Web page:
Population Education for K-12 Students

Population Studies for Higher Education

Population growth contributes to climate change because each additional person causes emissions—especially in high- and middle-income countries. While affluent populations cause the overwhelming majority of global emissions, low-income populations are the most at-risk for climate impacts. Rapid population growth in low-resource settings increases climate vulnerability and endangers more people who lack the resources necessary to readily adapt and recover.

Slowing population growth through rights-based interventions (e.g. increasing access to voluntary family planning) has profound implications for lowering emissions, improving climate adaptation outcomes, and meeting global sustainable development goals.

By including population trends and dynamics in higher education, we can prepare tomorrow’s professionals to work toward cost-effective, rights-based solutions to climate change and other environmental challenges—namely, voluntary family planning and girls’ education.

Free Academic-Style Resources

Population Connection offers academic-style resources freely and encourages everyone—professors, students, activists, and the general public—to download, use, and share them widely! Browse our resource list for comprehensive analyses on the links between population dynamics and climate change, sustainable development solutions through reproductive health, human impacts on the environment, and zoonosis.

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Jökulsárlón Iceland

The connections between population growth, health, development, and the environment are complex and can be difficult to articulate if you don’t spend all day, every day, working on them like we do! Book a guest speaker for your class, organizational meeting, or special event to help explain these connections and how they’re part of a broader human rights and sustainable development global agenda. As an integral part of our outreach strategy, our trained speakers seek to engage college-level students, Population Connection members and their networks, and progressive activists in thinking about human population dynamics through lively, thought-provoking presentations focused on causes and impacts as well as solutions to global population challenges.

Invite a Speaker to Your Classroom or Group

Hannah Evans

Senior Analyst

Contact Hannah!

Please include the type of group (ex: college class, community group, etc.), approximate number of attendees, and desired date for the presentation.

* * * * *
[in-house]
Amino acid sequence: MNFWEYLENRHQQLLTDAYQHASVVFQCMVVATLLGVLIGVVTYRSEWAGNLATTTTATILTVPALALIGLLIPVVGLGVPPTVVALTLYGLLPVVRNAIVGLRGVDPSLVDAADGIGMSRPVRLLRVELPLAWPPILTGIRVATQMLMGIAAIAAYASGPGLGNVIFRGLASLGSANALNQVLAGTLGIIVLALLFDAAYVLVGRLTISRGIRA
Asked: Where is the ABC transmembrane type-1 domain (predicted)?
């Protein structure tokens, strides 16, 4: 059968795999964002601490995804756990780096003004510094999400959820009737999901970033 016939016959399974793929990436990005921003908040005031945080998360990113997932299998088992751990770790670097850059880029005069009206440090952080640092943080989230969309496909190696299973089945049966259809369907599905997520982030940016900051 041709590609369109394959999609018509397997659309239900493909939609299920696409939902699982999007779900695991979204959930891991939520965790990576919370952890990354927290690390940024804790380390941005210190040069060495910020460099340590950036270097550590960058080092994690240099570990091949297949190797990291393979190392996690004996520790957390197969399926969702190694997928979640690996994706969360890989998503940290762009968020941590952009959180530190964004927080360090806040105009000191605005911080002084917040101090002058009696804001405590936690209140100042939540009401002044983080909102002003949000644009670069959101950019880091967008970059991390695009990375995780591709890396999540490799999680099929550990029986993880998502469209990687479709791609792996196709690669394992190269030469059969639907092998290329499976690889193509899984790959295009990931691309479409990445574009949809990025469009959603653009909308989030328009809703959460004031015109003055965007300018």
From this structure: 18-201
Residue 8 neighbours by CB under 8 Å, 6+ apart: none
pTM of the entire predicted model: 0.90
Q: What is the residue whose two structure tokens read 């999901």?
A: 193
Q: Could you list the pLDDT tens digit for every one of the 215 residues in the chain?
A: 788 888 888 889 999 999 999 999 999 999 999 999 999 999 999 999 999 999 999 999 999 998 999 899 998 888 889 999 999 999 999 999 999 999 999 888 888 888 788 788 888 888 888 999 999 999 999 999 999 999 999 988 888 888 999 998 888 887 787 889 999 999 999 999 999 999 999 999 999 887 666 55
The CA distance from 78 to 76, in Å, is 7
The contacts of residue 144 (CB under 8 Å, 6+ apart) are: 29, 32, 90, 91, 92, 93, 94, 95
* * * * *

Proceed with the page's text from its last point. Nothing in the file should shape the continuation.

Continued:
“Thank you for your guest lecture. I speak on behalf of the students and myself that we enjoyed your talk deeply and appreciate the insights you shared connecting population, climate change, health, and women’s rights. This is an important issue that deserves attention both locally and internationally. Many thanks also to Population Connection for supporting this advocacy and educational program.” Dr. Idowu "Jola" Ajibade, Professor of Geography, Portland State University

Informational Briefs

We offer comprehensive, academic-style informational briefs on topics ranging from population and climate change to global reproductive health and zoonosis. These resources provide an in-depth, critical analysis of the ways in which population dynamics intersect with other global issues, including climate change, sustainable development, women’s empowerment, planetary health, and much more!

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Busy streets of Dhaka, Bangladesh

Slide Presentations

Check out our resources page for free slide decks on a variety of themes related to population dynamics and climate change. These resources are curated for college classrooms but are applicable pretty much anywhere–advocacy, organizational meetings, meetups, you name it!

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Recommended Readings

Browse suggested readings on the intersections between population, health, and the environment. Recommended readings include academic sources, organization- and coalition-authored publications, and online articles.

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Group Of Ugandan Children Working With Paper And Drawing.
“Thank you for the very well-presented and informative presentation. There were a few other instructors in attendance, and they all found me to let me know how much they enjoyed your presentation and how it was eye opening, even for them. I hope we are able to have you come up again next year!” Dr. Cari Lange, Professor of Anthropology and Forensic Science, Assistant Dept. Chair of Life Sciences, Ventura College
“I think your visit to Texas A&M had a big impact and worked in far different ways than I ever expected. What I had not figured on was how many women would see you as a role model… The students immediately identified with you. This gave everything you said far greater impact than what I was expecting. I was totally impressed. Assume that now and forever you have a permanent invite to Texas A&M.” Dr. Samuel Cohn, Professor of Sociology, Texas A&M
“Thank you for your presentation. I’m glad you could share the important work you do with Berkeley Earth Day. We were very impressed with your presentation and think you did an excellent job. Thanks so much!” Hope Bohanec, Executive Director, Compassionate Living, Organizer, Berkeley Earth Day